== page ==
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Rami Malek Bohemian Rhapsody.jpg

Why The Oscars Love to Reward the Wrong Performances

By Kayleigh Donaldson | Film | January 30, 2019 |

By Kayleigh Donaldson | Film | January 30, 2019 |


Rami Malek Bohemian Rhapsody.jpg

It’s looking more and more likely that Rami Malek will win the Academy Award for Best Actor for his performance as Freddie Mercury in Bohemian Rhapsody. His status as category front-runner was secured at the Golden Globes and it seems that everyone else, including the Screen Actors Guild, has fallen in line with this narrative. This newfound inevitability may seem curious to the awards watchers who have been keeping an eye on the race since the critics circles started giving out their honours. Malek featured very little in those areas, with the lion’s share of leading actor love going to Ethan Hawke for his astounding performance in Paul Schrader’s First Reformed. Hawke, alas, did not make the cut for the final five at the Oscars. Even then, his chances at winning the big prize itself were always considered a long shot given the film’s decidedly un-mainstream status, so many had put their hat on Bradley Cooper taking home the Oscar for easily his finest performance in A Star is Born. But it’s now Malek’s to lose.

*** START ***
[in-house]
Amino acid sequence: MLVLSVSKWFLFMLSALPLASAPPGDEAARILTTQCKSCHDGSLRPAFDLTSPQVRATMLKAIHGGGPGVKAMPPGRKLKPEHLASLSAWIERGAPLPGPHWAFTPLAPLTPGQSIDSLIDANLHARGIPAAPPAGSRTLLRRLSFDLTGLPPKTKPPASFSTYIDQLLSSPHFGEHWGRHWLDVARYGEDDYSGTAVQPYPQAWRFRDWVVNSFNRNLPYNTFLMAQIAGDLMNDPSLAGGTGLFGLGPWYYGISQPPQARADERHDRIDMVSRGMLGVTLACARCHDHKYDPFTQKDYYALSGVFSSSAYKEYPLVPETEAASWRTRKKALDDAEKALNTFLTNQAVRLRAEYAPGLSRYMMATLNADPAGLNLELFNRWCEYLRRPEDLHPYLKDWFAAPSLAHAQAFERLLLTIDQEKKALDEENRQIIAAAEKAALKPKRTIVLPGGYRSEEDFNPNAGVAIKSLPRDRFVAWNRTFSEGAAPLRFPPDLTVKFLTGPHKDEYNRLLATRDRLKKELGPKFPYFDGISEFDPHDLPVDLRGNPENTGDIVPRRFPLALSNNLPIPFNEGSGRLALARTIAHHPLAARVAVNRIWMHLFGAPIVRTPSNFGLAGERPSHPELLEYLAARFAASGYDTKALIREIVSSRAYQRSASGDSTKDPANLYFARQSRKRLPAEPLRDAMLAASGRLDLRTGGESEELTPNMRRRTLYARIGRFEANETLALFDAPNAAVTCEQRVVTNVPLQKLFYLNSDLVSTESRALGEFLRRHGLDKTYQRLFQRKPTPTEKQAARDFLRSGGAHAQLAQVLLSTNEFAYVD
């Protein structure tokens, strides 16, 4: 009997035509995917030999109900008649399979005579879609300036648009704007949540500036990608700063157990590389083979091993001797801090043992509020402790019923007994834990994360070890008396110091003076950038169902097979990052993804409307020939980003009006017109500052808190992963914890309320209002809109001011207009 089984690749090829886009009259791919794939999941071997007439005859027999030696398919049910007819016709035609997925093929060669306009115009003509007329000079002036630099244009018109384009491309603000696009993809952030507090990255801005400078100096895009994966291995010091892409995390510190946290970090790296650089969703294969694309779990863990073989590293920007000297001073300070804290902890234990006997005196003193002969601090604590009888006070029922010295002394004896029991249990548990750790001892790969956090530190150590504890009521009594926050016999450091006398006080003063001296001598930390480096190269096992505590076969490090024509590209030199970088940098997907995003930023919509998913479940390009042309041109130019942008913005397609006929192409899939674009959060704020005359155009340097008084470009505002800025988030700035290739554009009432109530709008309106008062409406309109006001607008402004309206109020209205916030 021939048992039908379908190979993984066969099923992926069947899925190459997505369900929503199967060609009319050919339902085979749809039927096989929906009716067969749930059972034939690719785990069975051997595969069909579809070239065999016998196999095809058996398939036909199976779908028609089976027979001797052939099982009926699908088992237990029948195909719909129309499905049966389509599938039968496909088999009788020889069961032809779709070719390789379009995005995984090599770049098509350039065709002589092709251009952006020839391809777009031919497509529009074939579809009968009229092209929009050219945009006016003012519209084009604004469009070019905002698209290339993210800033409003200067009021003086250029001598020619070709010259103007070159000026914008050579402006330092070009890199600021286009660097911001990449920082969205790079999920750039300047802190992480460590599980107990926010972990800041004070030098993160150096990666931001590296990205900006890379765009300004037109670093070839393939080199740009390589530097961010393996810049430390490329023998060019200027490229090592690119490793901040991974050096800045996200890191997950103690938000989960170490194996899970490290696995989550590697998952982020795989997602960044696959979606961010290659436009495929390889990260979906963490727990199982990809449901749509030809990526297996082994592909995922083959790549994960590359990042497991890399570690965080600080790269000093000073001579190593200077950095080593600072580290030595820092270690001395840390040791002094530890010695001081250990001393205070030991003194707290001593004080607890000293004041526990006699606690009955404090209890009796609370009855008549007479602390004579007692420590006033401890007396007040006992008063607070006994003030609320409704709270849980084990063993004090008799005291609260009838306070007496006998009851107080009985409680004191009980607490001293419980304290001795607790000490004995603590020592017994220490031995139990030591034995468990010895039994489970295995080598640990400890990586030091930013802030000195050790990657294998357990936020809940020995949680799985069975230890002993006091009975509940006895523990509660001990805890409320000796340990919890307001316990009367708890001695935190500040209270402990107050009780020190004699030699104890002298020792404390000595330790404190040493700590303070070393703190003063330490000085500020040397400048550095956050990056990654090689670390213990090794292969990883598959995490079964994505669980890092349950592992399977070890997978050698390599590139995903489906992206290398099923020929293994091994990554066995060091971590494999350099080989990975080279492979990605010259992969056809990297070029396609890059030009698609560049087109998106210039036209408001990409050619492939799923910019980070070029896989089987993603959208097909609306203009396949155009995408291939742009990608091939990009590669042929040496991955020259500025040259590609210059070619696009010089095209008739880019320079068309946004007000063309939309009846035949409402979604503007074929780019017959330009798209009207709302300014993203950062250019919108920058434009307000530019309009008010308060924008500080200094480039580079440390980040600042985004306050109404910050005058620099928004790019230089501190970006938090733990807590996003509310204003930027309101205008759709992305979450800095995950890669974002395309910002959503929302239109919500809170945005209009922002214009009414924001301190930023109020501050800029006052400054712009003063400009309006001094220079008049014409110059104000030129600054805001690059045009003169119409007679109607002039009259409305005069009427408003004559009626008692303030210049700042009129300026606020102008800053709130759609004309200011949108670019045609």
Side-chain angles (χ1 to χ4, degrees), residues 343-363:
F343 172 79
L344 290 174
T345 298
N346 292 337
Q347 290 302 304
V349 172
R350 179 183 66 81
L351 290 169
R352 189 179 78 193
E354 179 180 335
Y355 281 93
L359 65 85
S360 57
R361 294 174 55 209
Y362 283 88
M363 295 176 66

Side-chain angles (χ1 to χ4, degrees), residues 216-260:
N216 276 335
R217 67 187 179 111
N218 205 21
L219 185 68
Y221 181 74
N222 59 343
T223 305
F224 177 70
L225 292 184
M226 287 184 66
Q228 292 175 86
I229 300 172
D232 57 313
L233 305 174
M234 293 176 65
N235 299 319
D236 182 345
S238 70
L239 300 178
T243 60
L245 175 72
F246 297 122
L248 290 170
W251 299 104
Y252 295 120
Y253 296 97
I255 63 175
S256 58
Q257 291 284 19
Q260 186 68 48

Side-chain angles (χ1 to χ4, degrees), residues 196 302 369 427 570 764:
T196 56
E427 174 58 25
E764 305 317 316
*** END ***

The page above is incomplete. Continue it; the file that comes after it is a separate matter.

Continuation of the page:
It’s not that Malek’s performance is bad. He’s easily the best thing about a truly terrible movie, but it’s also not even Malek’s best work. Anyone who’s seen Mr. Robot or his work in challenging indies like The Master, Short Term 12, and Da Sweet Blood of Jesus will have seen what it looks like when he’s really given something to chew on. However, great performances aren’t always Oscar winning performances, and vice versa.

The conundrum of winning an Oscar boils down to a simple but disheartening truth: You are less likely to win for the best acting and more likely to win for the most acting.